It makes it a little odd that I’m so inspired to write about the races, paces and goals that have been swirling in my head. I feel like I’m at a point where I need to set some goals for myself. I know I’m feeling fitter and stronger, and this morning’s lack of get-up-and-go is transitory (I have company and le tired from choices made last night) and I can get through it. I can’t NOT workout today. I made a bet. So I give you:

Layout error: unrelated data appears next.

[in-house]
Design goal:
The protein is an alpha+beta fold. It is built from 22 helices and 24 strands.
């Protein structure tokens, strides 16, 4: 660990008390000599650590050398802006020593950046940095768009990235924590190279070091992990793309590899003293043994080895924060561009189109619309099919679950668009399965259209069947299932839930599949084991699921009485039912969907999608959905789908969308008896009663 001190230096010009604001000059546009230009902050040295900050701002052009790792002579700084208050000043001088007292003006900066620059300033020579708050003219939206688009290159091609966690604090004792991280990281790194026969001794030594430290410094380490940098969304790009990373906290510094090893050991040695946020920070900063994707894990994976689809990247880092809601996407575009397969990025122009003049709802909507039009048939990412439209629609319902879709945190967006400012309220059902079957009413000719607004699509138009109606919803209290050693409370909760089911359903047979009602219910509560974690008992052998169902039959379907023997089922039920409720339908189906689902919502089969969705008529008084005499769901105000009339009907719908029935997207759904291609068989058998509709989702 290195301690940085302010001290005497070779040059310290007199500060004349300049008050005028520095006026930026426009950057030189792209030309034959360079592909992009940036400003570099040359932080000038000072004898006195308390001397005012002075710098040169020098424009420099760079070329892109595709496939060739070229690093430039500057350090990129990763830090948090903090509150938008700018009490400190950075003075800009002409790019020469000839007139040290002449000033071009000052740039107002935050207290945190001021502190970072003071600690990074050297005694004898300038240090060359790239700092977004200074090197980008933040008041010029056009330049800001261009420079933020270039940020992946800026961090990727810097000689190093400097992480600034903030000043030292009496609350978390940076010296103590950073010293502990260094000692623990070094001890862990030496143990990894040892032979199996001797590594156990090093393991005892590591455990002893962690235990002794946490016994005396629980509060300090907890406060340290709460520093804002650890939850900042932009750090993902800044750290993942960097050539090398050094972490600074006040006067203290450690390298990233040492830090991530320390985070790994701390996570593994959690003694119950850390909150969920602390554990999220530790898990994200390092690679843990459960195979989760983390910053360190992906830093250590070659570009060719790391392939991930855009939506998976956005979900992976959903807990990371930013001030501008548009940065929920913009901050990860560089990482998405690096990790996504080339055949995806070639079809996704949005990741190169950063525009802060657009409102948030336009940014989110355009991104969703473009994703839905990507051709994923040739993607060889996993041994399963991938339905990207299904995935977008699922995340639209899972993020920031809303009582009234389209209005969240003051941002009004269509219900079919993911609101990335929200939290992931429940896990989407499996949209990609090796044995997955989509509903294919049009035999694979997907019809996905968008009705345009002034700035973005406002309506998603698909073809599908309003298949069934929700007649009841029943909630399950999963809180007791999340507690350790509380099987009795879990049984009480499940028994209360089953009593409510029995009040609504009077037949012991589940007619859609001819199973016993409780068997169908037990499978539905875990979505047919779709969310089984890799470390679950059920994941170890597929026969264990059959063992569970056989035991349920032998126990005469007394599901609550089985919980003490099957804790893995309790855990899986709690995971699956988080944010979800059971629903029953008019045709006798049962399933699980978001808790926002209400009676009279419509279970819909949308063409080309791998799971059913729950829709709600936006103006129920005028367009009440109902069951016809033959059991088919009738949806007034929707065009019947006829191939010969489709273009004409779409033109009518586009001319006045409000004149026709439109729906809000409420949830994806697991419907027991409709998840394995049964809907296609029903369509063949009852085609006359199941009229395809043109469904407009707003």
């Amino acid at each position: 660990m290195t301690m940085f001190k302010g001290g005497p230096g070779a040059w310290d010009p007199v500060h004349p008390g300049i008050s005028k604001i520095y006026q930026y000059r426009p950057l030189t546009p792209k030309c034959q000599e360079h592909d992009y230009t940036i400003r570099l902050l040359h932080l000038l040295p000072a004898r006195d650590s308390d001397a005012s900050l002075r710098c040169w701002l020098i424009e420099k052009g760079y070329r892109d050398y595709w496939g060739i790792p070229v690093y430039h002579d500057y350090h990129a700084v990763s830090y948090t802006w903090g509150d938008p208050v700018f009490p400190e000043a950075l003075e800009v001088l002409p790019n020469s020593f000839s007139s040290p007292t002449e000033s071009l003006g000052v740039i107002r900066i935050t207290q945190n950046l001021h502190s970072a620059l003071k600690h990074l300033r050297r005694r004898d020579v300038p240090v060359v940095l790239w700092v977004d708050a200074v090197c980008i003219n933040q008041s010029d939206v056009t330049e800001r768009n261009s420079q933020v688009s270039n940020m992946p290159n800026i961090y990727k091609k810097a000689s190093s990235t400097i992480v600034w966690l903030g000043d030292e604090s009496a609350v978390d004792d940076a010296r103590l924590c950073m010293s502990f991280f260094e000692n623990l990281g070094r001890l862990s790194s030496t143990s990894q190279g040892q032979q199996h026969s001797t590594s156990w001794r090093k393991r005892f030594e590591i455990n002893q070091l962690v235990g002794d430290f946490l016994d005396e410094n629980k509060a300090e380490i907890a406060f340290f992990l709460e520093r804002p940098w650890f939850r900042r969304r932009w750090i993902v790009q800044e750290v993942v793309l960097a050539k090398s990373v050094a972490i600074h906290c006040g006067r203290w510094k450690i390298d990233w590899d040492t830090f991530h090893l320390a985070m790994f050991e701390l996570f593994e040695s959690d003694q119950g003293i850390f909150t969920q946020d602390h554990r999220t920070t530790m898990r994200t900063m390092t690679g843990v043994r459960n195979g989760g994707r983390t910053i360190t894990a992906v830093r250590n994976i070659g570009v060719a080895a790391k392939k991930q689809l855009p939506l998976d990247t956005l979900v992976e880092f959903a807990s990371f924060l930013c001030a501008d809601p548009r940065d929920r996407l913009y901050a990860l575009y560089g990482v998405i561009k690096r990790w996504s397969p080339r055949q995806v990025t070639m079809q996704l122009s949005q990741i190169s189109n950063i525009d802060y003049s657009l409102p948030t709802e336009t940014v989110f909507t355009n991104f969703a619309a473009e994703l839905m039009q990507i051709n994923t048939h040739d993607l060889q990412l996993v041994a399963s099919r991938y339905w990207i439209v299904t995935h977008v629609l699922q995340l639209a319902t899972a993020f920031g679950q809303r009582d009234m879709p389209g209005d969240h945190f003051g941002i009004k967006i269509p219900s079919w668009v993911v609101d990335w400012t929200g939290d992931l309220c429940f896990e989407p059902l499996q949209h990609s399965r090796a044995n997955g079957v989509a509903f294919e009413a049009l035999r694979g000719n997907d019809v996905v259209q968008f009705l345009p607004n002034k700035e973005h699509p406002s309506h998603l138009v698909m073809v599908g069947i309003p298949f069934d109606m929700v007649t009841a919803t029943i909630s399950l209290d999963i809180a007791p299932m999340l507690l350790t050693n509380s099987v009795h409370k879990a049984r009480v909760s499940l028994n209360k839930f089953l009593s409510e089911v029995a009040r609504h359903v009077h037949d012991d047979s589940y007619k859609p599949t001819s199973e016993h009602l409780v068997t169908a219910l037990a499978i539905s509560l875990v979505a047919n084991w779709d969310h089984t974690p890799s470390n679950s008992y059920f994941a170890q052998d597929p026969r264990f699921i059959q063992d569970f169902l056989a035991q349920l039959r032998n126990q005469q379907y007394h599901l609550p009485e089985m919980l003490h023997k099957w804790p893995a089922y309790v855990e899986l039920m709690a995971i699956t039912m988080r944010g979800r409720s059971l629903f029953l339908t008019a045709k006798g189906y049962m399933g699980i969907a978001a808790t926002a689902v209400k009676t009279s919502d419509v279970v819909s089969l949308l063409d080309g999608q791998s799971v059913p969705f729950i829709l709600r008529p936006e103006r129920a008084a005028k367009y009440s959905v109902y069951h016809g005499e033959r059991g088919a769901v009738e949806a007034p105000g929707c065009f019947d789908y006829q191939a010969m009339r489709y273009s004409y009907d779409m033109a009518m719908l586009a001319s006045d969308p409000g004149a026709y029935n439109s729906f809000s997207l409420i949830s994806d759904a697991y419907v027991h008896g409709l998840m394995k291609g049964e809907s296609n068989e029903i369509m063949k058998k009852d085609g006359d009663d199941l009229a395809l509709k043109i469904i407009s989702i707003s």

I mentioned that I don’t even feel like I’ve settled into the groove of my Hospital Hill training. It’s strange not to be so regimented, but also freeing. I’m running, but I’m also incorporating a lot of the other activities I enjoy and which make me stronger. I don’t understand training schedules that are all running. Isn’t that boring? And isn’t that how people get injured? I took the pilates class at my gym for the first time last week and I really enjoyed it. It wasn’t easy, but it was so worthwhile. I did cardio first so I was nice and warmed up. I don’t want to have a schedule that makes me give up my classes. I’m also really committed to keeping my twice weekly workouts with Cheryl. Where I am now? I wouldn’t be here without her support or her pushing me. I see people post things which amount to “you don’t need a trainer.” Honestly, I disagree. Finding the right trainer is such a life changing experience.